The time to shoot Clay Duke was when he first produced the handgun. Or when he first started ordering people around with it. Or when he first told the board members to stay put at point of the gun. Or when he raised the weapon and pointed it at a board member for several seconds before pulling the trigger. Or any time before he started shooting.

Lesson Two: Gun free zones aren’t. Anywhere in the U.S., it’s illegal for a felon to possess a firearm. In Florida, it’s illegal to bring a gun onto school board property. It’s illegal to bring a gun to a government meeting. It’s illegal to conceal a weapon without a permit. Not for nothing, it’s illegal to threaten people with a gun, to hold them hostage or to shoot at them, too. Little surprise, though, that Clay Duke – mentally ill, despondent and intent upon his own death – did not heed these laws. I don't know, but will presume he walked right past a "no guns" sign on his way into the meeting hall.

The “gun free zone” in which the school board met was, like all gun free zones (including those the size of a city), only free of lawfully possessed guns in the hands of law abiding citizens, who were thus deprived of the ablity to defend themselves.

No prohibition or statute or sign or board policy was going to discourage Clay Duke or protect those board members.* What might have protected them, however, was the wherewithal to lay down a cross fire of sufficient volume.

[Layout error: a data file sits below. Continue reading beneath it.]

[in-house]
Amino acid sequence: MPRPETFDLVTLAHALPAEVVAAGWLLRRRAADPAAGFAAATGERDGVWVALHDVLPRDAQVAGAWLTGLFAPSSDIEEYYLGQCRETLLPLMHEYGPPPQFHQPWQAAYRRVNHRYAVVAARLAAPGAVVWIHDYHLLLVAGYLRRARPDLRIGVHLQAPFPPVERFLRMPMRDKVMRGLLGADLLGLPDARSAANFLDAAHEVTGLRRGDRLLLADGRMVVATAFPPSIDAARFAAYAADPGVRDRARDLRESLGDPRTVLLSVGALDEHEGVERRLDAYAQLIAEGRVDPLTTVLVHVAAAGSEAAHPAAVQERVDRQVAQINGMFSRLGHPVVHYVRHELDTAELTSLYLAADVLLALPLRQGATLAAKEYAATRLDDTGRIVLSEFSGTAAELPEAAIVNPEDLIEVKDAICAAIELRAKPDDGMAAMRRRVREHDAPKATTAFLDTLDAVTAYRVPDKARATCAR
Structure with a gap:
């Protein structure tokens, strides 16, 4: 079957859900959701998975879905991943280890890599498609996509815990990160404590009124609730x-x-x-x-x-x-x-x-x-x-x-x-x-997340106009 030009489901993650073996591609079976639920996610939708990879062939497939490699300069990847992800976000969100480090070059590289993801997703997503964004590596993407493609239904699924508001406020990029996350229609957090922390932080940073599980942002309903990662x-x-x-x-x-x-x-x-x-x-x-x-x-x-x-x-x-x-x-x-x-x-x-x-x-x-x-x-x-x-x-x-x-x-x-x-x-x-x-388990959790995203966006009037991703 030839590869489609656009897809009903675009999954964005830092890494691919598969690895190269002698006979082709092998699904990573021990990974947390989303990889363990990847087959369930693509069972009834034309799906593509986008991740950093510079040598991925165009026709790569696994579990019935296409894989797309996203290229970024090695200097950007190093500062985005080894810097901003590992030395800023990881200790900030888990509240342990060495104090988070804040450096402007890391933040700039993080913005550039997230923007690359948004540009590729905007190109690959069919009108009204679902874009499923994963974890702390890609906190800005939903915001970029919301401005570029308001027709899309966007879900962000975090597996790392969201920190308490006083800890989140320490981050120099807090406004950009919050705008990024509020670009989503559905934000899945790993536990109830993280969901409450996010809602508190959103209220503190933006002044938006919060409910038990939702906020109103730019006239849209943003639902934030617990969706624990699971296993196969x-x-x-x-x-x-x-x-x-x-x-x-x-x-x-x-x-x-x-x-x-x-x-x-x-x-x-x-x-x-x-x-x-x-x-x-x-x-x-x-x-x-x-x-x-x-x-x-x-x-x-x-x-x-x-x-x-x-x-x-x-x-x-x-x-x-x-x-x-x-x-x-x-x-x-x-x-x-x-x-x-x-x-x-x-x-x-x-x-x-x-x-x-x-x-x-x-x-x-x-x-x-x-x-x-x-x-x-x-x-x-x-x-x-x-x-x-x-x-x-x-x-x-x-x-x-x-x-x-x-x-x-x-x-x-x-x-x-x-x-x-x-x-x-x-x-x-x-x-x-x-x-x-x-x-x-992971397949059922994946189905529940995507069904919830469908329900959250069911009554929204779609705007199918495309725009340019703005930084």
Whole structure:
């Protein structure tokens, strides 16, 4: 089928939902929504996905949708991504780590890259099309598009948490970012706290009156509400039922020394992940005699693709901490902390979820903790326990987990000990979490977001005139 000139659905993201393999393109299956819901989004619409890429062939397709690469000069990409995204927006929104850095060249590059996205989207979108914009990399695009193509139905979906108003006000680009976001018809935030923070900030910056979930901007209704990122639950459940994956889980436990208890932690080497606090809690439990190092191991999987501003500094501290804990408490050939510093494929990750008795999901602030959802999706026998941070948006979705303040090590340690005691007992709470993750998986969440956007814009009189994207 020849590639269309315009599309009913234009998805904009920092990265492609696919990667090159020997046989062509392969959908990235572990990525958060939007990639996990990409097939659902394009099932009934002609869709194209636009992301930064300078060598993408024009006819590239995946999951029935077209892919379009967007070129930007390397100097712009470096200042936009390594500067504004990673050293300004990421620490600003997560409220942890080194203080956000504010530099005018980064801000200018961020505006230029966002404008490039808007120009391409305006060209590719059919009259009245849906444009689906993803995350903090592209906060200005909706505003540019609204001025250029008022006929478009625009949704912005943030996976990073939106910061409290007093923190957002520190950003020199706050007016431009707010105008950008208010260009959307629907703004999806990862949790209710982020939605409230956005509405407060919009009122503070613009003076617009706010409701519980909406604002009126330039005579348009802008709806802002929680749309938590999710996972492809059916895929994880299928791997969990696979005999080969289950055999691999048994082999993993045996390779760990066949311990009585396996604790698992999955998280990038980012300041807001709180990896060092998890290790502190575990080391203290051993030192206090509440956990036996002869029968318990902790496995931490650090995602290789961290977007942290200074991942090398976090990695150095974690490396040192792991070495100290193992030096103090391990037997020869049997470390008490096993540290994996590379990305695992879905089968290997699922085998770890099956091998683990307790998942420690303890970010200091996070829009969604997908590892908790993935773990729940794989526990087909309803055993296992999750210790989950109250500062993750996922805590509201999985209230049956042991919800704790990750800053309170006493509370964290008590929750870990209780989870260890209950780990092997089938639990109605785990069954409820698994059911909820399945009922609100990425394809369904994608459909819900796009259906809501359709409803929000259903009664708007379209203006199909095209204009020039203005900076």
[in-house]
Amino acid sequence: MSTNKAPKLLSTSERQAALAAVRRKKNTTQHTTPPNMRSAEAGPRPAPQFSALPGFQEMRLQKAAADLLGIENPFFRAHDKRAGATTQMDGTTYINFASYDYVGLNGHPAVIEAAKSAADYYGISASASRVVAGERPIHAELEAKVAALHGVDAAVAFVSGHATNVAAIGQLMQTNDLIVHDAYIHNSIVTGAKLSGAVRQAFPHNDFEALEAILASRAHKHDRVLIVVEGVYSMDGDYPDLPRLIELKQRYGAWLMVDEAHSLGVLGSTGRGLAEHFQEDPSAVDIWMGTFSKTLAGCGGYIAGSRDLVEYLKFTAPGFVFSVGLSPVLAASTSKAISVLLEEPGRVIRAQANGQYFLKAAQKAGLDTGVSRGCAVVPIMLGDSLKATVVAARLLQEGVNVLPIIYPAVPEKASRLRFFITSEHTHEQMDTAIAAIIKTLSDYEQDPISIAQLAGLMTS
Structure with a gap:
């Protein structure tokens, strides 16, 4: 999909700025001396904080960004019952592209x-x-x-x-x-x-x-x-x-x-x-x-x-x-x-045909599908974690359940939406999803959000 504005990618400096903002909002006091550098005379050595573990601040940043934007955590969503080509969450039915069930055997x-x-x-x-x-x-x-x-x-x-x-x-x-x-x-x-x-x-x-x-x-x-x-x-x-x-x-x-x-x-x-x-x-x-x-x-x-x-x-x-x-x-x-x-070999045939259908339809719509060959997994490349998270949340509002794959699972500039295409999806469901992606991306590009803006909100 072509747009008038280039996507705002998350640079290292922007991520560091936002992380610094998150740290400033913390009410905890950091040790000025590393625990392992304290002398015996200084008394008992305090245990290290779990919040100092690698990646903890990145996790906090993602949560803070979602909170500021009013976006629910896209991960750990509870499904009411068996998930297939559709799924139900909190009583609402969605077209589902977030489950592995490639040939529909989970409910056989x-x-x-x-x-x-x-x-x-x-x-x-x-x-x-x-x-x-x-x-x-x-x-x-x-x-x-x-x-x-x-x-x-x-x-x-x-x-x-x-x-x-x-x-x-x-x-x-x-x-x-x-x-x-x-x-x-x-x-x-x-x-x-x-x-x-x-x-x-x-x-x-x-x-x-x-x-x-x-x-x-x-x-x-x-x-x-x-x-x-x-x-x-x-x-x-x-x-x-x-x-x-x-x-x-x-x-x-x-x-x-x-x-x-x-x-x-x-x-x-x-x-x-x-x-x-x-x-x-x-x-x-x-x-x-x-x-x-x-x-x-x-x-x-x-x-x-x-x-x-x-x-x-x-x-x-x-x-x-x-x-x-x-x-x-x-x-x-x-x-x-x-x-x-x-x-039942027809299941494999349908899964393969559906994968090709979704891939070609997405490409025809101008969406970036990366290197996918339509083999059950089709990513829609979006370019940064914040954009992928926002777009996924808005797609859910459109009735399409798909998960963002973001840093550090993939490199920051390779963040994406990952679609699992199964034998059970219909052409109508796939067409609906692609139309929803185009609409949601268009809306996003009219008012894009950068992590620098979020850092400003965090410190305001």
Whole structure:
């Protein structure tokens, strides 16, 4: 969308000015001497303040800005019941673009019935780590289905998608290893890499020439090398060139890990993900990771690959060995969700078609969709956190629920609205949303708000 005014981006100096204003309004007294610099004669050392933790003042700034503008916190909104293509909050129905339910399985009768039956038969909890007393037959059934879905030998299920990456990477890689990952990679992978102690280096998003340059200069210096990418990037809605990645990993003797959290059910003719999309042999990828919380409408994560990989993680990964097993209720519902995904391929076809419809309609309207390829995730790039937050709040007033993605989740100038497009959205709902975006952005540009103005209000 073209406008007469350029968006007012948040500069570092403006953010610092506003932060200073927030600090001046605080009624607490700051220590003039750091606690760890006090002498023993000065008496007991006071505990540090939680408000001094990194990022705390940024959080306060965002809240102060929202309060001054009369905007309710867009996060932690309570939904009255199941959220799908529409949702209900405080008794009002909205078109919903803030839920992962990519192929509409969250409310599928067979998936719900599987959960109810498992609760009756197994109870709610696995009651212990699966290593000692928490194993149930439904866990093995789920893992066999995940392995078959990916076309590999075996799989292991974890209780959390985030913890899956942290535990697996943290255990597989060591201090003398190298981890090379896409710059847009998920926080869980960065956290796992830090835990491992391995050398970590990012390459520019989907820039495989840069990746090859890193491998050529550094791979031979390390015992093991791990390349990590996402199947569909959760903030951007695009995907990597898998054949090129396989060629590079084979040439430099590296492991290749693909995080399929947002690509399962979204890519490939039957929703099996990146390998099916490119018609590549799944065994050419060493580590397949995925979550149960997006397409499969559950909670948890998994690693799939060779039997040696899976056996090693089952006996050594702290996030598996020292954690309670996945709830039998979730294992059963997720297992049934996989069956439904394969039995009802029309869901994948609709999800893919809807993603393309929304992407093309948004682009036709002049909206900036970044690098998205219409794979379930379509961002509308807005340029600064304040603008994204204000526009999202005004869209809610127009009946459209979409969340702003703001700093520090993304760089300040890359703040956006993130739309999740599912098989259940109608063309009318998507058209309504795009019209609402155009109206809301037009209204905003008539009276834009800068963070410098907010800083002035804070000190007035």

Consider the little old lady with the enormous purse who takes a swing at Clay Duke early in the incident. Her actions – while admirable in a sort of vaguely comical way – were utterly and inevitably futile. But imagine if that enormous bag had held a pistol. She had the drop on Clay Duke, who clearly didn't see her. Suffice to say a bullet in Clay Duke’s brainstem would have made for a shorter video.** Even if you are squeamish about engaging in this exercise, you still have to answer this question: Which do you consider the morally superior picture – Ginger Littleton (the little old lady) standing over the dead body of Clay Duke, a smoking pistol in her hand; or Clay Duke standing over the dead body of Bill Husfelt (the superintendent who bravely offered himself if the gunman would let his colleagues go)?